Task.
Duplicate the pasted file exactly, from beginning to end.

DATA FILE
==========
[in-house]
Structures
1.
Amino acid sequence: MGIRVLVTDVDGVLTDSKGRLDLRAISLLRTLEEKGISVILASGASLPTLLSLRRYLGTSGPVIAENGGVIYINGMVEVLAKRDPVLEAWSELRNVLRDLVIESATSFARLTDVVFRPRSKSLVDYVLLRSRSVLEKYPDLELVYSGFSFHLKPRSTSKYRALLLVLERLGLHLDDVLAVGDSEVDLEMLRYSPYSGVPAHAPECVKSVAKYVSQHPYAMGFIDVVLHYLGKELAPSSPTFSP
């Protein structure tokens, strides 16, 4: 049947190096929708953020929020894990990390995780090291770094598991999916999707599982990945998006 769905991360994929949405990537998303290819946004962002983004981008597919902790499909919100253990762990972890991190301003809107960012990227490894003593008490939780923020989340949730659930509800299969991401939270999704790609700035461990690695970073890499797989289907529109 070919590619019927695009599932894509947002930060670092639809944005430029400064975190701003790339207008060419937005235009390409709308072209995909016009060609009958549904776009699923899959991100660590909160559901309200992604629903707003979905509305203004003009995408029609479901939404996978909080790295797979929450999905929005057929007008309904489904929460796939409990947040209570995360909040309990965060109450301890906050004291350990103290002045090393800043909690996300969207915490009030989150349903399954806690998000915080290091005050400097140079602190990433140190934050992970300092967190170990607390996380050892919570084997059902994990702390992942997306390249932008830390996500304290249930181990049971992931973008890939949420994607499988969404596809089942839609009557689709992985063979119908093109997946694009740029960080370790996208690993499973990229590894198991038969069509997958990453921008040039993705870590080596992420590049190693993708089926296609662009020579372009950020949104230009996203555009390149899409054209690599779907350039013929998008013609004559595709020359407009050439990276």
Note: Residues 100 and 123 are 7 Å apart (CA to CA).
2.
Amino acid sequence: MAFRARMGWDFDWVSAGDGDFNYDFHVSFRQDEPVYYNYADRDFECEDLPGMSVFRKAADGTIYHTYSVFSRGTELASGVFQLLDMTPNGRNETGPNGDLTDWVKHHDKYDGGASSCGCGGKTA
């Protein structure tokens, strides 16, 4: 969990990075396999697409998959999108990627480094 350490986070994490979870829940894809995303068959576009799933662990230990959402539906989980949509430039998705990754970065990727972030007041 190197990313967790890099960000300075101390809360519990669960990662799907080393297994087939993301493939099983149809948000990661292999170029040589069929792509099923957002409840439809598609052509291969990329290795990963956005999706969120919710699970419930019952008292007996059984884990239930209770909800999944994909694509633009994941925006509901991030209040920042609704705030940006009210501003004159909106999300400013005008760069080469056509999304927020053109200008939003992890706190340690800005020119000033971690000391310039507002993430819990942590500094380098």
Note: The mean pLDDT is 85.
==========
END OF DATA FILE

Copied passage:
[in-house]
Structures
1.
Amino acid sequence: MGIRVLVTDVDGVLTDSKGRLDLRAISLLRTLEEKGISVILASGASLPTLLSLRRYLGTSGPVIAENGGVIYINGMVEVLAKRDPVLEAWSELRNVLRDLVIESATSFARLTDVVFRPRSKSLVDYVLLRSRSVLEKYPDLELVYSGFSFHLKPRSTSKYRALLLVLERLGLHLDDVLAVGDSEVDLEMLRYSPYSGVPAHAPECVKSVAKYVSQHPYAMGFIDVVLHYLGKELAPSSPTFSP
């Protein structure tokens, strides 16, 4: 049947190096929708953020929020894990990390995780090291770094598991999916999707599982990945998006 769905991360994929949405990537998303290819946004962002983004981008597919902790499909919100253990762990972890991190301003809107960012990227490894003593008490939780923020989340949730659930509800299969991401939270999704790609700035461990690695970073890499797989289907529109 070919590619019927695009599932894509947002930060670092639809944005430029400064975190701003790339207008060419937005235009390409709308072209995909016009060609009958549904776009699923899959991100660590909160559901309200992604629903707003979905509305203004003009995408029609479901939404996978909080790295797979929450999905929005057929007008309904489904929460796939409990947040209570995360909040309990965060109450301890906050004291350990103290002045090393800043909690996300969207915490009030989150349903399954806690998000915080290091005050400097140079602190990433140190934050992970300092967190170990607390996380050892919570084997059902994990702390992942997306390249932008830390996500304290249930181990049971992931973008890939949420994607499988969404596809089942839609009557689709992985063979119908093109997946694009740029960080370790996208690993499973990229590894198991038969069509997958990453921008040039993705870590080596992420590049190693993708089926296609662009020579372009950020949104230009996203555009390149899409054209690599779907350039013929998008013609004559595709020359407009050439990276």
Note: Residues 100 and 123 are 7 Å apart (CA to CA).
2.
Amino acid sequence: MAFRARMGWDFDWVSAGDGDFNYDFHVSFRQDEPVYYNYADRDFECEDLPGMSVFRKAADGTIYHTYSVFSRGTELASGVFQLLDMTPNGRNETGPNGDLTDWVKHHDKYDGGASSCGCGGKTA
């Protein structure tokens, strides 16, 4: 969990990075396999697409998959999108990627480094 350490986070994490979870829940894809995303068959576009799933662990230990959402539906989980949509430039998705990754970065990727972030007041 190197990313967790890099960000300075101390809360519990669960990662799907080393297994087939993301493939099983149809948000990661292999170029040589069929792509099923957002409840439809598609052509291969990329290795990963956005999706969120919710699970419930019952008292007996059984884990239930209770909800999944994909694509633009994941925006509901991030209040920042609704705030940006009210501003004159909106999300400013005008760069080469056509999304927020053109200008939003992890706190340690800005020119000033971690000391310039507002993430819990942590500094380098």
Note: The mean pLDDT is 85.